In recent years, the aquarium shrimp has become a permanent fixture, and people are seeing the benefits of these amazing crustaceans for themselves.
With so many choices in shrimp to choose from and a range of colors and personalities, it makes sense to add a few of these fun characters to your aquarium setup.
What is an aquarium shrimp though, and what purpose do they serve?
Aquarium shrimp is a broad term used to describe a few types of shrimp including neocaridina and caridina. These crustaceans can be kept on their own or added to some tanks and they bring a lot of character and color to the space.
If you’ve been thinking about adding some of these amazing creatures to your existing setup or even raising them alone, you’ll be pleased to know there’s even more to them than meets the eye.
We’ve uncovered some fun facts about aquarium shrimp that make them extra lovable so read on to see what we found out.
8 Fun Facts About Aquarium Shrimps
These are some lesser known facts about aquarium shrimps that can prove exactly why they’ve become such a popular staple in today’s tanks.
Read on to see what these special shrimps are capable of and a little more about how they live.
#1 They’re Good for Your Aquarium
Adding a few shrimp to your tank can add diversity as well, and there are lots of benefits they offer. Shrimps are fairy lively compared to other fish and they’re social as well, which is evident when you look at them.
They can be great entertainment for you and the occupants of the tank.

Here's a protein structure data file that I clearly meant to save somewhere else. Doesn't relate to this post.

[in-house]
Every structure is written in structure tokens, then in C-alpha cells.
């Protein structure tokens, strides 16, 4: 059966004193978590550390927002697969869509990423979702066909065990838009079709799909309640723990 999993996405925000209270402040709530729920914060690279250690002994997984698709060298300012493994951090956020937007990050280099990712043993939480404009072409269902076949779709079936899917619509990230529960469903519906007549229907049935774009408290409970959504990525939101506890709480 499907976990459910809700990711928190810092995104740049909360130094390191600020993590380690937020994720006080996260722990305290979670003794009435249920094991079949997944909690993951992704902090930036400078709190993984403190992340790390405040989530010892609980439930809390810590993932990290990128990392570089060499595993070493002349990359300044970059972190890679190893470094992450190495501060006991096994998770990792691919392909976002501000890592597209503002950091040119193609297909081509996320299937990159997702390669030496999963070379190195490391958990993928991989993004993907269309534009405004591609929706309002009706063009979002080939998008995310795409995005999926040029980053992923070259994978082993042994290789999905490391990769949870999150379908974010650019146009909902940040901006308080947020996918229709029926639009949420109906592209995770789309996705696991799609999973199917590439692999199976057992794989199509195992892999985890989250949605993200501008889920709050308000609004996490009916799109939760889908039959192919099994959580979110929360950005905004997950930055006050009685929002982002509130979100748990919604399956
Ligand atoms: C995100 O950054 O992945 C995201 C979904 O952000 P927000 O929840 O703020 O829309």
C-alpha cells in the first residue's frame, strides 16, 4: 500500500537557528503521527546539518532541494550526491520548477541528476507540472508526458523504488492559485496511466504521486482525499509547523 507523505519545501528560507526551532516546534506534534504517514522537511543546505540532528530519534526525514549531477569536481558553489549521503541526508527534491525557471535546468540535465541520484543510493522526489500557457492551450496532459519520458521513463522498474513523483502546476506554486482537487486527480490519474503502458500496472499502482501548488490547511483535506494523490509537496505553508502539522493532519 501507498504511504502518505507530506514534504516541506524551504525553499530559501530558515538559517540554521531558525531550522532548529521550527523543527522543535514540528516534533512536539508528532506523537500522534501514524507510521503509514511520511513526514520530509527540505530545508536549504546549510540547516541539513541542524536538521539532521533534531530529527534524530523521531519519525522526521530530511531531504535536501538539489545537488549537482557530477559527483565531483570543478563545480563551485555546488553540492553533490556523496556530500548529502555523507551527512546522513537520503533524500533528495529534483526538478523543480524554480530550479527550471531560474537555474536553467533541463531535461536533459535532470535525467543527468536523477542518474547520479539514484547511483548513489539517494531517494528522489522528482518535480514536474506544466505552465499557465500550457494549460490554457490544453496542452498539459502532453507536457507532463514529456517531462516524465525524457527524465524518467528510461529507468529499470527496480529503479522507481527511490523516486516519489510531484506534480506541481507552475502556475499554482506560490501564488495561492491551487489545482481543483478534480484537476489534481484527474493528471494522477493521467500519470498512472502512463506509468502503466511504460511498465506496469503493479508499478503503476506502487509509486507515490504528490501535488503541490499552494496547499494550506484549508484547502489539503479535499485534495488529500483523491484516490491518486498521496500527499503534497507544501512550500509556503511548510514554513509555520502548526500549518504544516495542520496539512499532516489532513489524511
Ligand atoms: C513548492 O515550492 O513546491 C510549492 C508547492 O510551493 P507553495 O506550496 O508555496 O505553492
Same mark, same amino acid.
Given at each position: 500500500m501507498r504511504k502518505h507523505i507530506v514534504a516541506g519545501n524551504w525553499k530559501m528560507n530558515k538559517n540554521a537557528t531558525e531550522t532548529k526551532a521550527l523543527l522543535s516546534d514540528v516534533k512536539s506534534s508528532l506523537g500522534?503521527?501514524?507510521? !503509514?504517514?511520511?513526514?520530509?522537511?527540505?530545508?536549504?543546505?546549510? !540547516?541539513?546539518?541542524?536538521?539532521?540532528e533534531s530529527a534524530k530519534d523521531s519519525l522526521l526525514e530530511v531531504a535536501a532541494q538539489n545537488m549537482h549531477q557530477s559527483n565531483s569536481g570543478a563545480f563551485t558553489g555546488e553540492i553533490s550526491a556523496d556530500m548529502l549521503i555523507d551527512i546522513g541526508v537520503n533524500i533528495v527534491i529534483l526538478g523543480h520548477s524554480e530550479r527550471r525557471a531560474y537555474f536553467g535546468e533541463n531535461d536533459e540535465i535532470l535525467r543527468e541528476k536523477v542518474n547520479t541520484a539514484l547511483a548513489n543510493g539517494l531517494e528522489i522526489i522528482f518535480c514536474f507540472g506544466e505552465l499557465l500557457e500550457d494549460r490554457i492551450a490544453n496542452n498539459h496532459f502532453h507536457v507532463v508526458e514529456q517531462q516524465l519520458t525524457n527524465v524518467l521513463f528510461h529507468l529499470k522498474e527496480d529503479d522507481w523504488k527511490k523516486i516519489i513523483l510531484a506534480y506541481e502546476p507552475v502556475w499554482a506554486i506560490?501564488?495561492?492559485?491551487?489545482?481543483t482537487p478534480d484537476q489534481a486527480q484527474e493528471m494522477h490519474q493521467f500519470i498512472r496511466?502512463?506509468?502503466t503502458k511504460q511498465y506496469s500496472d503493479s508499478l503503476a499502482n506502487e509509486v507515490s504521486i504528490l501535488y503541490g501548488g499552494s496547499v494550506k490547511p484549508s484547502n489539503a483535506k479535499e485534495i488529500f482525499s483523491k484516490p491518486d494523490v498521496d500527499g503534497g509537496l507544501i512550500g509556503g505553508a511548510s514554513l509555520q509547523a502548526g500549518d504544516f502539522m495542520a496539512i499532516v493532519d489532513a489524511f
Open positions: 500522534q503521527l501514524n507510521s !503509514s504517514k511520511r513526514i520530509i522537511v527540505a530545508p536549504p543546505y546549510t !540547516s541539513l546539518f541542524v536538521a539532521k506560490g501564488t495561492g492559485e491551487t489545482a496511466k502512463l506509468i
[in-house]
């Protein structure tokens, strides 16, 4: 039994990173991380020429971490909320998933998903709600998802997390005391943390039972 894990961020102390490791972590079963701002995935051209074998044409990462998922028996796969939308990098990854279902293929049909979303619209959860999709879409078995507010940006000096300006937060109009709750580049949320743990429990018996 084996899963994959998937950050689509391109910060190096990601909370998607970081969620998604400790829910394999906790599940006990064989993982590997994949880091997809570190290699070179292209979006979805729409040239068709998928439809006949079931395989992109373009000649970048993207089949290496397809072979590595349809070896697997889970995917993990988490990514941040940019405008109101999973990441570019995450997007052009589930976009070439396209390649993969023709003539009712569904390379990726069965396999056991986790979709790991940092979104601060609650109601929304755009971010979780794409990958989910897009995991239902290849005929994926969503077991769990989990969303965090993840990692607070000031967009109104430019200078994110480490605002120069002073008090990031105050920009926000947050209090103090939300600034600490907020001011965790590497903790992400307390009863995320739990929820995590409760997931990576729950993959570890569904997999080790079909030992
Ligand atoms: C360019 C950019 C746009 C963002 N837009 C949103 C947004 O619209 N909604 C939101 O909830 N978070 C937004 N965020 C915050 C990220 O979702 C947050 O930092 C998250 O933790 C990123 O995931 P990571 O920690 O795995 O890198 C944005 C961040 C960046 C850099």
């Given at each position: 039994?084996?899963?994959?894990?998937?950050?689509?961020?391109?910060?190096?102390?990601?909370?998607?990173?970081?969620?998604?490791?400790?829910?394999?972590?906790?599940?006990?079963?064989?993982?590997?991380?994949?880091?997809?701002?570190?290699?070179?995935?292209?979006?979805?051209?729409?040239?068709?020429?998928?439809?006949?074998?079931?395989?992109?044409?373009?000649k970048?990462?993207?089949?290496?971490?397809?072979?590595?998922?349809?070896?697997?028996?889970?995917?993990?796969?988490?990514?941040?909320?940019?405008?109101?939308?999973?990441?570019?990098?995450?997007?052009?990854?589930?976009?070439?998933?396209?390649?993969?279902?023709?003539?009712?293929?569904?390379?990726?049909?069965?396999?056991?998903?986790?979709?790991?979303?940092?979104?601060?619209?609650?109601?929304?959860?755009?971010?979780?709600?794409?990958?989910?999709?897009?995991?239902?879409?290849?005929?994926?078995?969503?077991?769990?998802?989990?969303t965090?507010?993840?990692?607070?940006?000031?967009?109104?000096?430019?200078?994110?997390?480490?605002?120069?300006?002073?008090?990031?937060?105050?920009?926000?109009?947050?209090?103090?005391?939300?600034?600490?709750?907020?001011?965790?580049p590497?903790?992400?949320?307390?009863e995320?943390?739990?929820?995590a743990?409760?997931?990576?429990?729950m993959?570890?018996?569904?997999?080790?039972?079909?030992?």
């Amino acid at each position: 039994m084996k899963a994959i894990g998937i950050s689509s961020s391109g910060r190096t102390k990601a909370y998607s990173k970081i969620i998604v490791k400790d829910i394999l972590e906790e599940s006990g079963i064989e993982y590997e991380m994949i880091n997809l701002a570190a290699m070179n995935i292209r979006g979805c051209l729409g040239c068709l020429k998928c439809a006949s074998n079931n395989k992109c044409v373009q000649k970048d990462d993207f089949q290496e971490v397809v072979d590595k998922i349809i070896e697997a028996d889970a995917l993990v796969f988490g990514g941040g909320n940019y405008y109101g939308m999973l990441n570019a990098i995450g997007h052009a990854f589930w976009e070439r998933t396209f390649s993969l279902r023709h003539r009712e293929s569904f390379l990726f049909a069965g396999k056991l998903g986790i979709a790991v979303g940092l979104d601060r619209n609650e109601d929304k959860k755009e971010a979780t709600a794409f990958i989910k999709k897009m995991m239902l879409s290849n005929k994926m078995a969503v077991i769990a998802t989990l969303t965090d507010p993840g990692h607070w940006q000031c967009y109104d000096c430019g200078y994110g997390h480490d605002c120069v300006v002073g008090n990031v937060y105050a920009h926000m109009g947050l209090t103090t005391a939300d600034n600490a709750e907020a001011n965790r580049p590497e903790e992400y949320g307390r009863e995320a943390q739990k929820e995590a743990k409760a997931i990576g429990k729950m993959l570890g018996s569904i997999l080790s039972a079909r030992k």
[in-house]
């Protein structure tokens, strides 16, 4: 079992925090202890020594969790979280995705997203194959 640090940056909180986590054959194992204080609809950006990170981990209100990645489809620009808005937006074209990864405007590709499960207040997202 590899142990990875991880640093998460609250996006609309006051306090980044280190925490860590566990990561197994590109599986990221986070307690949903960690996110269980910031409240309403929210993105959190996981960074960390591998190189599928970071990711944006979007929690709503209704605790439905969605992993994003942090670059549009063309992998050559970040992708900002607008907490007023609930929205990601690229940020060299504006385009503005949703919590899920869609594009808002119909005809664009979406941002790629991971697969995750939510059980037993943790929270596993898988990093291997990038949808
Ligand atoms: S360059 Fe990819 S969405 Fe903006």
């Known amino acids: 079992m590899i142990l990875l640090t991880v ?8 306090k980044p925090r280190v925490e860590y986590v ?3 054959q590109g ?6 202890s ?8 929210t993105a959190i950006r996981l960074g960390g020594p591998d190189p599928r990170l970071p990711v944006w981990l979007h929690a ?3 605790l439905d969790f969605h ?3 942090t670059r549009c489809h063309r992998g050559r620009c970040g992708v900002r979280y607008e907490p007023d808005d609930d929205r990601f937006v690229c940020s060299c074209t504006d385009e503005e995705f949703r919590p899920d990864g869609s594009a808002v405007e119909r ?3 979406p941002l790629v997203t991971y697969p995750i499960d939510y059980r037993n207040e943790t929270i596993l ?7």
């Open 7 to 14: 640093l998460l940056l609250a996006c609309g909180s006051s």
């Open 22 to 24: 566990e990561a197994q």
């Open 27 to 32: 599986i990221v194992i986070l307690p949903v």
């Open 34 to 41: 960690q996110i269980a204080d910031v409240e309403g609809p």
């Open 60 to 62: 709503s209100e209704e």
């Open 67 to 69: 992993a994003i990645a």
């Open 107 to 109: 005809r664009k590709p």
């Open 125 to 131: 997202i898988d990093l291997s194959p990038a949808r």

Shrimp also add a lot of color to an aquarium and help mix things up a bit. They eat almost anything, don’t need any extra care, and will basically look after themselves provided the conditions are healthy inside of the tank.
#2 They Eat Almost Anything
Although it’s good to feed shrimp something they like from time to time, you don’t have to put a lot of effort into doing so. Shrimp are known for eating basically anything when they’re in wild waters and you can put this to good use when you add a few to your home aquarium.
A shrimp will eat both plants and animals, but especially love plankton, and they don’t care if they’re dead or alive which means a lot of waste will be devoured by them in the tank.
Anything that falls to the bottom of the tank they’ll enjoy, and it means less effort for you trying to feed them and clean up after them as well.
#3 You Can Fit Plenty In
There’s no specific number of shrimp that someone can keep, but it depends on the tank and its capacity, with some other things to keep in mind.
Most aquarium owners follow the rule of 25 shrimp per gallon as this will give them adequate space and also make room for breeding, which they love to do.